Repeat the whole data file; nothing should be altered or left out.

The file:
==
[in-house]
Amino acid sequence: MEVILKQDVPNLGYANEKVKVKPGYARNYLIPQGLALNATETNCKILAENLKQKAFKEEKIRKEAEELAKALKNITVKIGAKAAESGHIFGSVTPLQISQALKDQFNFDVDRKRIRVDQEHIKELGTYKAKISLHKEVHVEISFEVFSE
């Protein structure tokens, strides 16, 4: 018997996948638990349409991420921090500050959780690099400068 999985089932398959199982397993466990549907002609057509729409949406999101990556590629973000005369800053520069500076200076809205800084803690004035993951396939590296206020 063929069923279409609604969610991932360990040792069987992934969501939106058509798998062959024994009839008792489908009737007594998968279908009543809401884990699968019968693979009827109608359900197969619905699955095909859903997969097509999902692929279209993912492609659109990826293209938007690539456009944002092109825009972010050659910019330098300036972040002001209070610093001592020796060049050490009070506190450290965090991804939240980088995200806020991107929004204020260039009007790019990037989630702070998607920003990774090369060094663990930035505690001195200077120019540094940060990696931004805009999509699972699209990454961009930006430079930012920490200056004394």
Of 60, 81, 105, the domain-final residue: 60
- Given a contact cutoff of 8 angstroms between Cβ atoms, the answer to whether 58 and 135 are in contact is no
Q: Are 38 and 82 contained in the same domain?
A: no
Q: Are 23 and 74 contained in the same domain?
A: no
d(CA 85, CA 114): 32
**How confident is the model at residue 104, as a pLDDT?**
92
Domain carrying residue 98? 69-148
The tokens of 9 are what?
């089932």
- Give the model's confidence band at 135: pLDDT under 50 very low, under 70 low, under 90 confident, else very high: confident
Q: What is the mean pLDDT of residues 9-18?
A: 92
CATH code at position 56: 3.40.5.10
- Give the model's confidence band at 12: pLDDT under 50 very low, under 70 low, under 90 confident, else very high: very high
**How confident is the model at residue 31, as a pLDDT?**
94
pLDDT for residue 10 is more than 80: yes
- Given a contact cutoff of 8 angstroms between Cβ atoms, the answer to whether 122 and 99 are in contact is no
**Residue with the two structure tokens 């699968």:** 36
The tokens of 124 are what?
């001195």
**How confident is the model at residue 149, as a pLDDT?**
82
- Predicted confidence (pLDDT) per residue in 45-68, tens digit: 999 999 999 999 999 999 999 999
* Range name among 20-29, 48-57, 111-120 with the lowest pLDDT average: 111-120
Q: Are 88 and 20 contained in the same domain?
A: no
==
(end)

[in-house]
Amino acid sequence: MEVILKQDVPNLGYANEKVKVKPGYARNYLIPQGLALNATETNCKILAENLKQKAFKEEKIRKEAEELAKALKNITVKIGAKAAESGHIFGSVTPLQISQALKDQFNFDVDRKRIRVDQEHIKELGTYKAKISLHKEVHVEISFEVFSE
């Protein structure tokens, strides 16, 4: 018997996948638990349409991420921090500050959780690099400068 999985089932398959199982397993466990549907002609057509729409949406999101990556590629973000005369800053520069500076200076809205800084803690004035993951396939590296206020 063929069923279409609604969610991932360990040792069987992934969501939106058509798998062959024994009839008792489908009737007594998968279908009543809401884990699968019968693979009827109608359900197969619905699955095909859903997969097509999902692929279209993912492609659109990826293209938007690539456009944002092109825009972010050659910019330098300036972040002001209070610093001592020796060049050490009070506190450290965090991804939240980088995200806020991107929004204020260039009007790019990037989630702070998607920003990774090369060094663990930035505690001195200077120019540094940060990696931004805009999509699972699209990454961009930006430079930012920490200056004394």
Of 60, 81, 105, the domain-final residue: 60
- Given a contact cutoff of 8 angstroms between Cβ atoms, the answer to whether 58 and 135 are in contact is no
Q: Are 38 and 82 contained in the same domain?
A: no
Q: Are 23 and 74 contained in the same domain?
A: no
d(CA 85, CA 114): 32
**How confident is the model at residue 104, as a pLDDT?**
92
Domain carrying residue 98? 69-148
The tokens of 9 are what?
């089932």
- Give the model's confidence band at 135: pLDDT under 50 very low, under 70 low, under 90 confident, else very high: confident
Q: What is the mean pLDDT of residues 9-18?
A: 92
CATH code at position 56: 3.40.5.10
- Give the model's confidence band at 12: pLDDT under 50 very low, under 70 low, under 90 confident, else very high: very high
**How confident is the model at residue 31, as a pLDDT?**
94
pLDDT for residue 10 is more than 80: yes
- Given a contact cutoff of 8 angstroms between Cβ atoms, the answer to whether 122 and 99 are in contact is no
**Residue with the two structure tokens 């699968």:** 36
The tokens of 124 are what?
């001195």
**How confident is the model at residue 149, as a pLDDT?**
82
- Predicted confidence (pLDDT) per residue in 45-68, tens digit: 999 999 999 999 999 999 999 999
* Range name among 20-29, 48-57, 111-120 with the lowest pLDDT average: 111-120
Q: Are 88 and 20 contained in the same domain?
A: no